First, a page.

As I wrote recently, the Nov. 9 announcement by Enbridge and Enterprise Products Partners that they were forging ahead with the Wrangler Pipeline from Cushing, Okla., to the Gulf Coast, seemed proof that Keystone XL would have a hard time justifying its business model.
Now comes more proof, of the whiplash headspin variety. Yesterday, Nov. 23, Wrangler's owners announced that after only two weeks they had decided to suspend the project in favor of an easier, quicker solution -- reversing the Seaway Pipeline, which currently covers the same route from south to north. The 669-mile-long Seaway line is projected to carry up to 400,000 barrels per day of crude to the Gulf Coast by early 2013.
Granted, those 400,000 barrels will only carry a small part of North America's new oil boom, which I have discussed in previous posts (most recently here). But Seaway's capacity is roughly equal to the projected volume of Keystone XL's Phase 3, which would cover the same ground and was seen as a cash cow for the longer Keystone XL route reaching north to the Alberta tar sands.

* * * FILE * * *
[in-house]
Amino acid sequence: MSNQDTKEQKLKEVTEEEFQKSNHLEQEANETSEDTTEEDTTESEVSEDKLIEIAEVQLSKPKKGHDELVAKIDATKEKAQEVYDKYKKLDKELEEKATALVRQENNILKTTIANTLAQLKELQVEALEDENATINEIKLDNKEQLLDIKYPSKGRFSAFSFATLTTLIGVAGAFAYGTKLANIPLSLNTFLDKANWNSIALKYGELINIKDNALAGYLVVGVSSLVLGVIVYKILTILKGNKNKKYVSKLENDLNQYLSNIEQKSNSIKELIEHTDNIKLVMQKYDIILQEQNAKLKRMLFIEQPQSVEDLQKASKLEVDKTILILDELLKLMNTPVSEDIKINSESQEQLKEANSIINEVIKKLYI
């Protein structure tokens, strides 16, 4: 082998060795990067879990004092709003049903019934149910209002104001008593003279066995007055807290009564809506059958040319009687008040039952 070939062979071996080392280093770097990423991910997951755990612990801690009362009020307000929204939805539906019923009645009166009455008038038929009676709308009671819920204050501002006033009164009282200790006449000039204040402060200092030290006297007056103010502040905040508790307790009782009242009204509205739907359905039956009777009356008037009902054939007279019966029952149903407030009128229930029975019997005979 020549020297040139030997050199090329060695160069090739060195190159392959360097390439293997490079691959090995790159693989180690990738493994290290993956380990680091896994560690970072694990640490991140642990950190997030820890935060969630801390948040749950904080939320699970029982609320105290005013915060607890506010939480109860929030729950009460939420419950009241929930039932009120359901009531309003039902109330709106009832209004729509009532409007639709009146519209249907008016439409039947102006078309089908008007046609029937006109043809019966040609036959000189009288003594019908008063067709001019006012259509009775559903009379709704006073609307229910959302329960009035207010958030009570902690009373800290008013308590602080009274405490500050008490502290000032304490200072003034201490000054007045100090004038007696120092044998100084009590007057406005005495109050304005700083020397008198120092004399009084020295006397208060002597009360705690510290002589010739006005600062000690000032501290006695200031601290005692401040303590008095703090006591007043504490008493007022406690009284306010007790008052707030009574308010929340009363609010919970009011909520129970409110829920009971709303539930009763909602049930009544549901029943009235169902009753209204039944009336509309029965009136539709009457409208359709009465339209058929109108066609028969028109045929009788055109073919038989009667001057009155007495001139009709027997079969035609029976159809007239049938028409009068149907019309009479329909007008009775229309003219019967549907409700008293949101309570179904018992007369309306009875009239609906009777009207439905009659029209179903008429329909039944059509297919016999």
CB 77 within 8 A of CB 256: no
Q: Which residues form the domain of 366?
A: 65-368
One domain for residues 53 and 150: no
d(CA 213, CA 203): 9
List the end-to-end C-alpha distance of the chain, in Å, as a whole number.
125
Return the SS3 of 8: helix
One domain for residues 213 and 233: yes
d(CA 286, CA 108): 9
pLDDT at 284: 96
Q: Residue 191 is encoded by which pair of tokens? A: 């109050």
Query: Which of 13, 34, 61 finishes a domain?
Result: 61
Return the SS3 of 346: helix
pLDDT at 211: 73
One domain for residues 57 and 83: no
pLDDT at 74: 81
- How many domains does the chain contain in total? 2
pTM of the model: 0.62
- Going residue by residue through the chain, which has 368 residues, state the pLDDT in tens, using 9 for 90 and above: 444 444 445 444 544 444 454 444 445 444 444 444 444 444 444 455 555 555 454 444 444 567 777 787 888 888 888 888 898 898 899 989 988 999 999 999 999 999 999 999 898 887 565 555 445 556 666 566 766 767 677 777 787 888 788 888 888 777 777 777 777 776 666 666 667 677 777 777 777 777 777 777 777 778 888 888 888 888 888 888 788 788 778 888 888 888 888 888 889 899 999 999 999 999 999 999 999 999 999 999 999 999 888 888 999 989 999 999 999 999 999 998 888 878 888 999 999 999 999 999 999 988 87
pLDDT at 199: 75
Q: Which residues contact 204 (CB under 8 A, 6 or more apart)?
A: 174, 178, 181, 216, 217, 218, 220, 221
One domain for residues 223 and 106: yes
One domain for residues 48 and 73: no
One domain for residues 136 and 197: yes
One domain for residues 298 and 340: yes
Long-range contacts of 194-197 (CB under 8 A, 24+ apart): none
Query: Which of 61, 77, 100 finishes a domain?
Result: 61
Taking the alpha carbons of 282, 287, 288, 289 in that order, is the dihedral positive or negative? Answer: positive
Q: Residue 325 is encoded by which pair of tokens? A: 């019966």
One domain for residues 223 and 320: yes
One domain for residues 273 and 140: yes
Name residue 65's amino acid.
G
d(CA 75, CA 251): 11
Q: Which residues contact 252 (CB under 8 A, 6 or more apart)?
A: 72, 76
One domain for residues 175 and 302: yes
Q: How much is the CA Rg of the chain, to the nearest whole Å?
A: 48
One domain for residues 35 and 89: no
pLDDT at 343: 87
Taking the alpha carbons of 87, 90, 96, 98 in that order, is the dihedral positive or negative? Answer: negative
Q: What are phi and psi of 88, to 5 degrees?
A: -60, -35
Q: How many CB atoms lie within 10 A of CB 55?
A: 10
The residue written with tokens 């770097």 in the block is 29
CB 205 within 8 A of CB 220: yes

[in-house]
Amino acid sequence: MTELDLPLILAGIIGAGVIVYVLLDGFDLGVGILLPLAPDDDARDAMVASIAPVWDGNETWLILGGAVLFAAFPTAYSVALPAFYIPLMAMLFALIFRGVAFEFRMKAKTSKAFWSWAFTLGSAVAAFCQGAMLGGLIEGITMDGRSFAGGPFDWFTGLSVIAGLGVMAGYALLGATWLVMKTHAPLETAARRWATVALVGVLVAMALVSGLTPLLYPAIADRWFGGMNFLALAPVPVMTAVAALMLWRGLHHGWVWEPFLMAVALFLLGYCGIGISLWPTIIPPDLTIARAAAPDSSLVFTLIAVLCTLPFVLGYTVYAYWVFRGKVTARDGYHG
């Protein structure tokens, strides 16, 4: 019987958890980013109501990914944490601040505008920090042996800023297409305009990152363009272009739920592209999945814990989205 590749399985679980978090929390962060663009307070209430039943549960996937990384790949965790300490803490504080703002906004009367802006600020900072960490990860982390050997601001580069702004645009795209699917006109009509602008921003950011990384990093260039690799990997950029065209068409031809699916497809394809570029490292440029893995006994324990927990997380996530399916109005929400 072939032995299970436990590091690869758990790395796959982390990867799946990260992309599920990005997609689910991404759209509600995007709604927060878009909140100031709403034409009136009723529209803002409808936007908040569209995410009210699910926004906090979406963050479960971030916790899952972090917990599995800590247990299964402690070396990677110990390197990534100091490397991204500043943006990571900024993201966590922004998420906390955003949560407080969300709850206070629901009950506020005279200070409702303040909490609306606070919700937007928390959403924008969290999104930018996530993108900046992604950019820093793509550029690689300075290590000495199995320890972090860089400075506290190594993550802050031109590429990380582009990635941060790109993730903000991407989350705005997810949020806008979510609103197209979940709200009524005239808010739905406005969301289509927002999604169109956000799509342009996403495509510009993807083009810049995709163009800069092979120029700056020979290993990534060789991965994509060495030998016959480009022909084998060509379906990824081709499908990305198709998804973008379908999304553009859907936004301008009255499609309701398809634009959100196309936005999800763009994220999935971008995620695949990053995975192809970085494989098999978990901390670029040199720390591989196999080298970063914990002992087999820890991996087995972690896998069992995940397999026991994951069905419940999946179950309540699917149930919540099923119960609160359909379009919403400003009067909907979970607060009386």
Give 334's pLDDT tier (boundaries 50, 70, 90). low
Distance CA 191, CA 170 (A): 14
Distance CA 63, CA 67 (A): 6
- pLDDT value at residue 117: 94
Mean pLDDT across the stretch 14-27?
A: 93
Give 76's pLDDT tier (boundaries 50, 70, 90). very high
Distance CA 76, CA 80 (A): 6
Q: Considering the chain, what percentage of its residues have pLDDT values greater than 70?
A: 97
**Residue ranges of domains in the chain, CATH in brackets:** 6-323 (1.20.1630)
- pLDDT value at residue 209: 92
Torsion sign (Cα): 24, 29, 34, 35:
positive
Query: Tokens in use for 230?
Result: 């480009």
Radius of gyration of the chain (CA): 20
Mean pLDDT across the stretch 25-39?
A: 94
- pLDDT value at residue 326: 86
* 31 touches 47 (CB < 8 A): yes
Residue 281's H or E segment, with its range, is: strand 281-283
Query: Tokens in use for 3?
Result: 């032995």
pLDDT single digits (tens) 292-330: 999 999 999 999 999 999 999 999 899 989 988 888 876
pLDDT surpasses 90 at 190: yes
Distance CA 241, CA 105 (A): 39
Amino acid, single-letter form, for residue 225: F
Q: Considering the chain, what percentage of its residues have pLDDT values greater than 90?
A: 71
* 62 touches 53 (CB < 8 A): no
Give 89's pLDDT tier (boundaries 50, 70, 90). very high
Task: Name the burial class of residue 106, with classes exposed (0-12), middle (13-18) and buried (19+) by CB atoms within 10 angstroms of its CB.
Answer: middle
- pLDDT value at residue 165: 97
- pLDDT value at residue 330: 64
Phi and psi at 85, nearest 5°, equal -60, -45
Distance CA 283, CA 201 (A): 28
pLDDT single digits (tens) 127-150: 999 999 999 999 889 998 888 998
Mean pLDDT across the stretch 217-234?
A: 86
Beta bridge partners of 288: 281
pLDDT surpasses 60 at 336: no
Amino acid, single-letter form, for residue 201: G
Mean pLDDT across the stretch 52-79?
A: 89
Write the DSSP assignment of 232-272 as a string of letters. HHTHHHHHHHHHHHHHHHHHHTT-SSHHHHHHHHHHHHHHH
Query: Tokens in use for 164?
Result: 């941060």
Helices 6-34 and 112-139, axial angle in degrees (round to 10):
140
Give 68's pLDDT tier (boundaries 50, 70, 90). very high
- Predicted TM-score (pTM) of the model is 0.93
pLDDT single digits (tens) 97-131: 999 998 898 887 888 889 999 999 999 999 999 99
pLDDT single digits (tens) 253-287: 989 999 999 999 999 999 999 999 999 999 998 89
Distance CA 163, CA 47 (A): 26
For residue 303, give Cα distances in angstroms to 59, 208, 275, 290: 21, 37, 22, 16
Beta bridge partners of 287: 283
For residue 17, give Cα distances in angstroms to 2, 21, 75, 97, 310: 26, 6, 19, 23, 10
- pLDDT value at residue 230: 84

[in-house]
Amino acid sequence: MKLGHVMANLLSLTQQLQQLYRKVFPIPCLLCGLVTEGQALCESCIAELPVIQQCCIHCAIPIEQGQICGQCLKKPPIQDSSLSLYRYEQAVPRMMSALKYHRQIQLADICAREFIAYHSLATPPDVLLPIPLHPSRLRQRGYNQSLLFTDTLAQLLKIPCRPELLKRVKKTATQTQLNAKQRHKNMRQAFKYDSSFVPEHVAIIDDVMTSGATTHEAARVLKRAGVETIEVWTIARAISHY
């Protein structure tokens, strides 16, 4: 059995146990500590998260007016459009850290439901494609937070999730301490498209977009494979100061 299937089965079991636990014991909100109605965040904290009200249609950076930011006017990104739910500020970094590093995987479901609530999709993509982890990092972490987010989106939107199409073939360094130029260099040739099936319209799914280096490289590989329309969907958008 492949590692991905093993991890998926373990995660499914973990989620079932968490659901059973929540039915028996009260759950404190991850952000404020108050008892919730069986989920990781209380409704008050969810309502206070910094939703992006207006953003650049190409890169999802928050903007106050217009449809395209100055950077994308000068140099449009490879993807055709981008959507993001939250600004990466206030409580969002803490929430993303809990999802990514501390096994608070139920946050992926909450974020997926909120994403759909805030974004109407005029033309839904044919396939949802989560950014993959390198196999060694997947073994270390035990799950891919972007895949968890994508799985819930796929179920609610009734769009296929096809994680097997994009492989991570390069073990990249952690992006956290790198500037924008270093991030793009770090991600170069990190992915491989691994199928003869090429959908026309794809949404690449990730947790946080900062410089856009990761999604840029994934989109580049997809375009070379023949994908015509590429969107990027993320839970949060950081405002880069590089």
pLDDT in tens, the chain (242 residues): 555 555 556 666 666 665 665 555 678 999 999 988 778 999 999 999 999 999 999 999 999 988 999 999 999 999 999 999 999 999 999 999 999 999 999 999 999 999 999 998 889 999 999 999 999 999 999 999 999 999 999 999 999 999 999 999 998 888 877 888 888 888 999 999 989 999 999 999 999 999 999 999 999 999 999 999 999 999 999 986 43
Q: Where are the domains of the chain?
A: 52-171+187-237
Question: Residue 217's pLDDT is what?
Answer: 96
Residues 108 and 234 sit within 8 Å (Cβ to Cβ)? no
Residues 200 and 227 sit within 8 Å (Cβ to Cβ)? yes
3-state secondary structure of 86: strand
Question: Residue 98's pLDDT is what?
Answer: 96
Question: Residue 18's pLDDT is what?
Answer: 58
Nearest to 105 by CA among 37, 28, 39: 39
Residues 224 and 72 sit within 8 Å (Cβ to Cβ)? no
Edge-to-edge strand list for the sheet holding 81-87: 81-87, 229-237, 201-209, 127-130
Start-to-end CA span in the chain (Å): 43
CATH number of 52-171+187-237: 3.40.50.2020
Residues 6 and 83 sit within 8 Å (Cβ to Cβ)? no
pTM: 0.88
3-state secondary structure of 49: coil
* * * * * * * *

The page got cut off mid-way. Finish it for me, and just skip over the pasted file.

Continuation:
If two savvy pipeline operators didn't see enough potential volume on that route to make money from both Wrangler and Seaway, why would Keystone XL make money on that route? This has nothing to do with the many environmental concerns about Keystone, but it could be a game-changer nonetheless.